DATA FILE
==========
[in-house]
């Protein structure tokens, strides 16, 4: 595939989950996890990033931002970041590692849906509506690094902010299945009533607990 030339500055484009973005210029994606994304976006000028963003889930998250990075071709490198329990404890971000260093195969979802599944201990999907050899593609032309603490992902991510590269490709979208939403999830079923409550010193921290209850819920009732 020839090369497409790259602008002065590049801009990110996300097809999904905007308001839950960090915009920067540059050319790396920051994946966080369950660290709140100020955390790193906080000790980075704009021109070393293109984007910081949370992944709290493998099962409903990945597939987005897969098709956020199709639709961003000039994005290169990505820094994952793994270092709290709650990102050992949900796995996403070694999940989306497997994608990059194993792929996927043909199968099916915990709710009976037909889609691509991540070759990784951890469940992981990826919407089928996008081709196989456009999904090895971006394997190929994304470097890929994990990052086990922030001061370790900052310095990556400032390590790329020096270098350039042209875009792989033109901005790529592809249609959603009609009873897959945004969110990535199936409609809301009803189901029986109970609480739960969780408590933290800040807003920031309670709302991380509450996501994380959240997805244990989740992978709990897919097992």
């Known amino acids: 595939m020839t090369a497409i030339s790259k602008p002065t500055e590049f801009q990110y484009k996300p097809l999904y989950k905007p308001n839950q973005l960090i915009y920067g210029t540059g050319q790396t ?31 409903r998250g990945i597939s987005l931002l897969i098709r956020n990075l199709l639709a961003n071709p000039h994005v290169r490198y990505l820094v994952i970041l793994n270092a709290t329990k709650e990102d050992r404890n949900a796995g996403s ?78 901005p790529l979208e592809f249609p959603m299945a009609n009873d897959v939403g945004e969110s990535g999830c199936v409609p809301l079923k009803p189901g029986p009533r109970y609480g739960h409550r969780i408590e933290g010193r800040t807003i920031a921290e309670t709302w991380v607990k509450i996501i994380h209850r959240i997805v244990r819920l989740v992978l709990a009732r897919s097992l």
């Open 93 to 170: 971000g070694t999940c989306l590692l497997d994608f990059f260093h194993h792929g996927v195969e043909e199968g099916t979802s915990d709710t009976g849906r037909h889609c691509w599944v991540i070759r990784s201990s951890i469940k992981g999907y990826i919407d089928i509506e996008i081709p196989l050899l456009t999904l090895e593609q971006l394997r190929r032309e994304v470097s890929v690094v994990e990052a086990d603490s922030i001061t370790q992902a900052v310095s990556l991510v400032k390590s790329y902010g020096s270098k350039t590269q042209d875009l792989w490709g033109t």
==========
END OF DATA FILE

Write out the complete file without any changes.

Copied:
[in-house]
């Protein structure tokens, strides 16, 4: 595939989950996890990033931002970041590692849906509506690094902010299945009533607990 030339500055484009973005210029994606994304976006000028963003889930998250990075071709490198329990404890971000260093195969979802599944201990999907050899593609032309603490992902991510590269490709979208939403999830079923409550010193921290209850819920009732 020839090369497409790259602008002065590049801009990110996300097809999904905007308001839950960090915009920067540059050319790396920051994946966080369950660290709140100020955390790193906080000790980075704009021109070393293109984007910081949370992944709290493998099962409903990945597939987005897969098709956020199709639709961003000039994005290169990505820094994952793994270092709290709650990102050992949900796995996403070694999940989306497997994608990059194993792929996927043909199968099916915990709710009976037909889609691509991540070759990784951890469940992981990826919407089928996008081709196989456009999904090895971006394997190929994304470097890929994990990052086990922030001061370790900052310095990556400032390590790329020096270098350039042209875009792989033109901005790529592809249609959603009609009873897959945004969110990535199936409609809301009803189901029986109970609480739960969780408590933290800040807003920031309670709302991380509450996501994380959240997805244990989740992978709990897919097992």
């Known amino acids: 595939m020839t090369a497409i030339s790259k602008p002065t500055e590049f801009q990110y484009k996300p097809l999904y989950k905007p308001n839950q973005l960090i915009y920067g210029t540059g050319q790396t ?31 409903r998250g990945i597939s987005l931002l897969i098709r956020n990075l199709l639709a961003n071709p000039h994005v290169r490198y990505l820094v994952i970041l793994n270092a709290t329990k709650e990102d050992r404890n949900a796995g996403s ?78 901005p790529l979208e592809f249609p959603m299945a009609n009873d897959v939403g945004e969110s990535g999830c199936v409609p809301l079923k009803p189901g029986p009533r109970y609480g739960h409550r969780i408590e933290g010193r800040t807003i920031a921290e309670t709302w991380v607990k509450i996501i994380h209850r959240i997805v244990r819920l989740v992978l709990a009732r897919s097992l």
């Open 93 to 170: 971000g070694t999940c989306l590692l497997d994608f990059f260093h194993h792929g996927v195969e043909e199968g099916t979802s915990d709710t009976g849906r037909h889609c691509w599944v991540i070759r990784s201990s951890i469940k992981g999907y990826i919407d089928i509506e996008i081709p196989l050899l456009t999904l090895e593609q971006l394997r190929r032309e994304v470097s890929v690094v994990e990052a086990d603490s922030i001061t370790q992902a900052v310095s990556l991510v400032k390590s790329y902010g020096s270098k350039t590269q042209d875009l792989w490709g033109t």